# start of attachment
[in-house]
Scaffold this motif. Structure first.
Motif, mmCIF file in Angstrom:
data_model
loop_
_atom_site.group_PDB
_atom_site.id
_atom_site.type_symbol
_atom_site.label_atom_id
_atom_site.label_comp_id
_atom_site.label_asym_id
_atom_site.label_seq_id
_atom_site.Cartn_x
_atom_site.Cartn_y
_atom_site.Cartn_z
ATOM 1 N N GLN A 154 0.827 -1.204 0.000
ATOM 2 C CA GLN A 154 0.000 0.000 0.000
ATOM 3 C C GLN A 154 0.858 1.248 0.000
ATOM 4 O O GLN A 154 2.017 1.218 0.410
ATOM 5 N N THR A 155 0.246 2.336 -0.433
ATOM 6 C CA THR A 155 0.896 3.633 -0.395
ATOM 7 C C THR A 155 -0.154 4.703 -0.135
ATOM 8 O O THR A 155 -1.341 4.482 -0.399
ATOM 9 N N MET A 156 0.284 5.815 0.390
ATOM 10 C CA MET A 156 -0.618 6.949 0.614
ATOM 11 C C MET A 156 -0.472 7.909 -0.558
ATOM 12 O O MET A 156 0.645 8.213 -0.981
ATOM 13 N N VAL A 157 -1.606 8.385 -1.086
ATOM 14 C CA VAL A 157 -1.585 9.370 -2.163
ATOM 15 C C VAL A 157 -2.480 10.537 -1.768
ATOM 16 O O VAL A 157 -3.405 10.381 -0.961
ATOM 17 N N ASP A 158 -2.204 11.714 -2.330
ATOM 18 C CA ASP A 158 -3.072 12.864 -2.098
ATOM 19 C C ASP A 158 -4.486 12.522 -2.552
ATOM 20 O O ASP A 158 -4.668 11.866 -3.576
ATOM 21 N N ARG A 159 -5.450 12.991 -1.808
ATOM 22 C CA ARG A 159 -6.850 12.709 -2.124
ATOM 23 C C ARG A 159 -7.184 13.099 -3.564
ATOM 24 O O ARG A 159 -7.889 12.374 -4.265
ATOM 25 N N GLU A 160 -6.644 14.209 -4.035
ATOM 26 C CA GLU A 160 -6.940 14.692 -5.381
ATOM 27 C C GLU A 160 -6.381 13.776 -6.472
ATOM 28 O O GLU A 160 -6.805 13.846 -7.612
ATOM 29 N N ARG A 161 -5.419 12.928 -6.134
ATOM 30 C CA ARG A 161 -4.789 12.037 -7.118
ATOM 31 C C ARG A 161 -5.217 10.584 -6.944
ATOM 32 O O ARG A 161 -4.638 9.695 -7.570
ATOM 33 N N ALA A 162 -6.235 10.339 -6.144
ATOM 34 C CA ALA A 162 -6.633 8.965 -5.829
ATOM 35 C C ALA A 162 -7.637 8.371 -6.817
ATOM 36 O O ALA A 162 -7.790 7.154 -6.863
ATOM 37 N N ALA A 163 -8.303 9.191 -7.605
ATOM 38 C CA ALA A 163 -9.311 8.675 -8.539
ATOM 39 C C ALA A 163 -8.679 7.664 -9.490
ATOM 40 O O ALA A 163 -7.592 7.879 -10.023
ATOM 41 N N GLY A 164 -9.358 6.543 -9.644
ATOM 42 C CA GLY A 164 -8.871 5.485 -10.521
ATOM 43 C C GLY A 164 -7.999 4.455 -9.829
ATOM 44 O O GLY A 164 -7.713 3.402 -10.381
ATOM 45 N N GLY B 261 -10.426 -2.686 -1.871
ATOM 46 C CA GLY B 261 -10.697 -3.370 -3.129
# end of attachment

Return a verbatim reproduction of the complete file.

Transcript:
[in-house]
Scaffold this motif. Structure first.
Motif, mmCIF file in Angstrom:
data_model
loop_
_atom_site.group_PDB
_atom_site.id
_atom_site.type_symbol
_atom_site.label_atom_id
_atom_site.label_comp_id
_atom_site.label_asym_id
_atom_site.label_seq_id
_atom_site.Cartn_x
_atom_site.Cartn_y
_atom_site.Cartn_z
ATOM 1 N N GLN A 154 0.827 -1.204 0.000
ATOM 2 C CA GLN A 154 0.000 0.000 0.000
ATOM 3 C C GLN A 154 0.858 1.248 0.000
ATOM 4 O O GLN A 154 2.017 1.218 0.410
ATOM 5 N N THR A 155 0.246 2.336 -0.433
ATOM 6 C CA THR A 155 0.896 3.633 -0.395
ATOM 7 C C THR A 155 -0.154 4.703 -0.135
ATOM 8 O O THR A 155 -1.341 4.482 -0.399
ATOM 9 N N MET A 156 0.284 5.815 0.390
ATOM 10 C CA MET A 156 -0.618 6.949 0.614
ATOM 11 C C MET A 156 -0.472 7.909 -0.558
ATOM 12 O O MET A 156 0.645 8.213 -0.981
ATOM 13 N N VAL A 157 -1.606 8.385 -1.086
ATOM 14 C CA VAL A 157 -1.585 9.370 -2.163
ATOM 15 C C VAL A 157 -2.480 10.537 -1.768
ATOM 16 O O VAL A 157 -3.405 10.381 -0.961
ATOM 17 N N ASP A 158 -2.204 11.714 -2.330
ATOM 18 C CA ASP A 158 -3.072 12.864 -2.098
ATOM 19 C C ASP A 158 -4.486 12.522 -2.552
ATOM 20 O O ASP A 158 -4.668 11.866 -3.576
ATOM 21 N N ARG A 159 -5.450 12.991 -1.808
ATOM 22 C CA ARG A 159 -6.850 12.709 -2.124
ATOM 23 C C ARG A 159 -7.184 13.099 -3.564
ATOM 24 O O ARG A 159 -7.889 12.374 -4.265
ATOM 25 N N GLU A 160 -6.644 14.209 -4.035
ATOM 26 C CA GLU A 160 -6.940 14.692 -5.381
ATOM 27 C C GLU A 160 -6.381 13.776 -6.472
ATOM 28 O O GLU A 160 -6.805 13.846 -7.612
ATOM 29 N N ARG A 161 -5.419 12.928 -6.134
ATOM 30 C CA ARG A 161 -4.789 12.037 -7.118
ATOM 31 C C ARG A 161 -5.217 10.584 -6.944
ATOM 32 O O ARG A 161 -4.638 9.695 -7.570
ATOM 33 N N ALA A 162 -6.235 10.339 -6.144
ATOM 34 C CA ALA A 162 -6.633 8.965 -5.829
ATOM 35 C C ALA A 162 -7.637 8.371 -6.817
ATOM 36 O O ALA A 162 -7.790 7.154 -6.863
ATOM 37 N N ALA A 163 -8.303 9.191 -7.605
ATOM 38 C CA ALA A 163 -9.311 8.675 -8.539
ATOM 39 C C ALA A 163 -8.679 7.664 -9.490
ATOM 40 O O ALA A 163 -7.592 7.879 -10.023
ATOM 41 N N GLY A 164 -9.358 6.543 -9.644
ATOM 42 C CA GLY A 164 -8.871 5.485 -10.521
ATOM 43 C C GLY A 164 -7.999 4.455 -9.829
ATOM 44 O O GLY A 164 -7.713 3.402 -10.381
ATOM 45 N N GLY B 261 -10.426 -2.686 -1.871
ATOM 46 C CA GLY B 261 -10.697 -3.370 -3.129